Be patient. The world doesn't revolve around you, but good work is recognized eventually.
Many people seem to expect that the FlightGear development community is just waiting for their contribution and jump to fill every requirement. But every developer has his own agenda, and the way things actually work is by convincing people that spending their time to support another project is a good idea. For instance, demonstrating that a project is feasible is a good idea before expecting help.
I know it looks pretty unwelcoming if someone wants to contribute and needs to go a long way before getting help. On the other hand, I know the other perspective of investing a lot of work into someone's project, just to see the other person disappear and all that work being lost. So I understand much better that established developers want to see that someone is serious about what he proposes to do before they jump in.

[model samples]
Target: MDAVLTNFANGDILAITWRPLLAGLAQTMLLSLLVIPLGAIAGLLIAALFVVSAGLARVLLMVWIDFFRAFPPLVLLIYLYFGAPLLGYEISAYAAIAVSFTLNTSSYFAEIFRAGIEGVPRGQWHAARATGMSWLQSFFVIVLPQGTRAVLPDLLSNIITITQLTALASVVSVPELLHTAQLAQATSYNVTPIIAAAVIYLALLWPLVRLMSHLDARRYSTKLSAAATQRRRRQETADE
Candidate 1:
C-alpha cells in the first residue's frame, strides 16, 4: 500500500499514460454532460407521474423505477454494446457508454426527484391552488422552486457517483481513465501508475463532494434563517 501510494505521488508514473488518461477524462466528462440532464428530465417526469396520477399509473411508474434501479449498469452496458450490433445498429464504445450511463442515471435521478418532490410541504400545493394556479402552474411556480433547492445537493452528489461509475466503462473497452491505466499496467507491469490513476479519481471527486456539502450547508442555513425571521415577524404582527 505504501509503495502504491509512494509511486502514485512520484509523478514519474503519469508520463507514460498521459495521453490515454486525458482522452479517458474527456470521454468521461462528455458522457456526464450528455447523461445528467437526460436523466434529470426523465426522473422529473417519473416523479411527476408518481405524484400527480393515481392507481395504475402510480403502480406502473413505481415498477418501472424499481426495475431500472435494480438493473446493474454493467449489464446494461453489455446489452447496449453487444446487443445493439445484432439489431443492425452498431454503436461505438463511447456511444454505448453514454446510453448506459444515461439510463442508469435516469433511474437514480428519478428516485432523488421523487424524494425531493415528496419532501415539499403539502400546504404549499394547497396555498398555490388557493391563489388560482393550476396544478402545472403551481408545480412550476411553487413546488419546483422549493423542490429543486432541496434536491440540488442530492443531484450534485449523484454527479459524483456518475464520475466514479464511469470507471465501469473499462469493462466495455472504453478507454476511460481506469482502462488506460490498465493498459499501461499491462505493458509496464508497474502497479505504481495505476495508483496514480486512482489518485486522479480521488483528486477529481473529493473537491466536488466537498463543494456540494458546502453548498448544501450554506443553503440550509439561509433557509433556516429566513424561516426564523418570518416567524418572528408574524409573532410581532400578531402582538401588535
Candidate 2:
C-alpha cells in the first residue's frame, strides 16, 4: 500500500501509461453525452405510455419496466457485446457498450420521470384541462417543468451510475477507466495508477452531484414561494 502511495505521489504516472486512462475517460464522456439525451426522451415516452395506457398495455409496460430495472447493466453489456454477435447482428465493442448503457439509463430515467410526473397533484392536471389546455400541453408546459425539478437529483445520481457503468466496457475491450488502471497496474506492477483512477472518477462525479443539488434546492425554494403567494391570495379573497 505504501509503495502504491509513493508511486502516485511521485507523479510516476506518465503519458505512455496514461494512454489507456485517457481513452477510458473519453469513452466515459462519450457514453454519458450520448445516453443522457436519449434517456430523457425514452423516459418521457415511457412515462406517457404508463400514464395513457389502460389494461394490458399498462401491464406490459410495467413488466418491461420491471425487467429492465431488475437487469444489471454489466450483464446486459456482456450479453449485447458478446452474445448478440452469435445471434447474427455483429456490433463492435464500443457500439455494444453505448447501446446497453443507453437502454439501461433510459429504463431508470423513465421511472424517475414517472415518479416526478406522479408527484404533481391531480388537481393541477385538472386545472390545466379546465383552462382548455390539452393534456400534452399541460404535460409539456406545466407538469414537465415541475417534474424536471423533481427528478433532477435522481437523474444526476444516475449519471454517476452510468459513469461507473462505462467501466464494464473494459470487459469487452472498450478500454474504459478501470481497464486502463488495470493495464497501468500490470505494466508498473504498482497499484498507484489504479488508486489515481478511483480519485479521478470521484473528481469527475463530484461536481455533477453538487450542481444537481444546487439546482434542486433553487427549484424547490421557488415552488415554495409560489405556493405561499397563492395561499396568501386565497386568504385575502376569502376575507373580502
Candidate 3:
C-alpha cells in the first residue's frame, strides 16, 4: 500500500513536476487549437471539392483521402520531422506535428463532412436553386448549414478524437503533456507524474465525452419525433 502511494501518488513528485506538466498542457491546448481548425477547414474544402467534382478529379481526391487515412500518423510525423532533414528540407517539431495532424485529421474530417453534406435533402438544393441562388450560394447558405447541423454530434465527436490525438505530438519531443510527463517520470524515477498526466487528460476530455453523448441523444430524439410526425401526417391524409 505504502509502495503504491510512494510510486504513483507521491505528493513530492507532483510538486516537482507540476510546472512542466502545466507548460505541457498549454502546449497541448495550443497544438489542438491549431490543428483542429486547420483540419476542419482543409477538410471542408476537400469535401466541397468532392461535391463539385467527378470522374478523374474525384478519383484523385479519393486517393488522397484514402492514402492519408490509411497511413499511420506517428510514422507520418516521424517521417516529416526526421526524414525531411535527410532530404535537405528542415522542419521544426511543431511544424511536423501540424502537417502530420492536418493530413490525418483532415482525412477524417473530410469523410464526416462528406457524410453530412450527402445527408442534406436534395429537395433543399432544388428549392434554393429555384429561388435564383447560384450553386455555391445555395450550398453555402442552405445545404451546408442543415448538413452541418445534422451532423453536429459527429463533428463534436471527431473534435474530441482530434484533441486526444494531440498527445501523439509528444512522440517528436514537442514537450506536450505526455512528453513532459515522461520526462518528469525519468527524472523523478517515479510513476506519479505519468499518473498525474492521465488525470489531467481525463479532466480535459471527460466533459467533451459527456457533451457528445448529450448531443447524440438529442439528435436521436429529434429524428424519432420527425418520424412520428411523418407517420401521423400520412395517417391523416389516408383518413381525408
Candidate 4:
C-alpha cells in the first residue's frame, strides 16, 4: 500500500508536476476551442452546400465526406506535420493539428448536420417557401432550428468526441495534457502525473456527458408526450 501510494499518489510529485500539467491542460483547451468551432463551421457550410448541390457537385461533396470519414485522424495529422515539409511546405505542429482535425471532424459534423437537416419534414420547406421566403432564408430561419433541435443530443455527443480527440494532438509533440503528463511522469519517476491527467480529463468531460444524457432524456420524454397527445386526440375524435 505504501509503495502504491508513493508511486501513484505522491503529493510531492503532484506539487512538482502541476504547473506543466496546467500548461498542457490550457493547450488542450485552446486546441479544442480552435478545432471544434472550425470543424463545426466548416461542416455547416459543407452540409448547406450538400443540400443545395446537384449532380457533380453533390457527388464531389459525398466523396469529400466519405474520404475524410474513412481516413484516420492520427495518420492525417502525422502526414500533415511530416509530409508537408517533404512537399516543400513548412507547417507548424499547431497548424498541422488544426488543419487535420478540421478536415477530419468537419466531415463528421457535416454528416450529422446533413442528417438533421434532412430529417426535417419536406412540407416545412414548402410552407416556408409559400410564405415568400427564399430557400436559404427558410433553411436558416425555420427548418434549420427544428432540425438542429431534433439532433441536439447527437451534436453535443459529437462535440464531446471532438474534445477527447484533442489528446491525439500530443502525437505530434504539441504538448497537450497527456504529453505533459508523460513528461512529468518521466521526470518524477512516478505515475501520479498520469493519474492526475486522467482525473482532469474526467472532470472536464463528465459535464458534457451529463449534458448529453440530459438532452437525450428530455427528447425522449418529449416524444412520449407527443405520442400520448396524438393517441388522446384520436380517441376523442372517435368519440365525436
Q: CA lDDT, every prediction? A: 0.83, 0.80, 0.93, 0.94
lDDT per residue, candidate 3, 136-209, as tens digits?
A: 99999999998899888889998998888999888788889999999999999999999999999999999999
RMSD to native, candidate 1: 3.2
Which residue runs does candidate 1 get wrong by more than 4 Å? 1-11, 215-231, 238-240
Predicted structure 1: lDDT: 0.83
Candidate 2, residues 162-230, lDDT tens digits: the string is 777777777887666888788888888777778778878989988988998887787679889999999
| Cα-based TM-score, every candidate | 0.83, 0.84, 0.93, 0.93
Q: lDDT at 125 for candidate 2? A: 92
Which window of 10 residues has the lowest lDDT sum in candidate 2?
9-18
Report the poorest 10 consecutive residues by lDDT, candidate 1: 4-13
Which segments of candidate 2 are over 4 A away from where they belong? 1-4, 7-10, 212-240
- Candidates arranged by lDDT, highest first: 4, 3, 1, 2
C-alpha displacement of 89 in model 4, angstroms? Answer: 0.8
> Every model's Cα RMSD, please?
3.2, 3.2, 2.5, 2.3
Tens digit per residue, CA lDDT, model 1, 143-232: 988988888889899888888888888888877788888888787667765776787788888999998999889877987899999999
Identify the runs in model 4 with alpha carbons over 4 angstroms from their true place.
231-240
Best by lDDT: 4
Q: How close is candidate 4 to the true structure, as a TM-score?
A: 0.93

More questions are being collected here: Interview questions.
Stay tuned for next month's interview, featuring FlightGear contributor XXXXXXXX
Every now and then, easy-to-install development snapshots are created (usually, twice montlhy). These snapshos depict a recent state of the development version of FlightGear. By using them users can test out features that will be included in the upcoming release. Testers are encouraged to file bugs at the issue tracker.
|The FlightGear Wiki still needs help for translating it into various languages. If you are interested in making the FlightGear Wiki multi-language then start at Help:Translate.|
|Das FlightGear Wiki benötigt immer noch Hilfe bei der Übersetzung in verschiedene Sprachen. Wenn Du Interesse daran hast, das FlightGear Wiki Mehrsprachig zu machen, dann fang doch mit Help:Übersetzen an.|
|De FlightGear Wiki kan nog steed hulp gebruiken bij het vertalen van artikelen. Als je interesse hebt om de wiki meertalig te maken, raden we je aan om een kijkje te nemen bij Help:Vertalen.|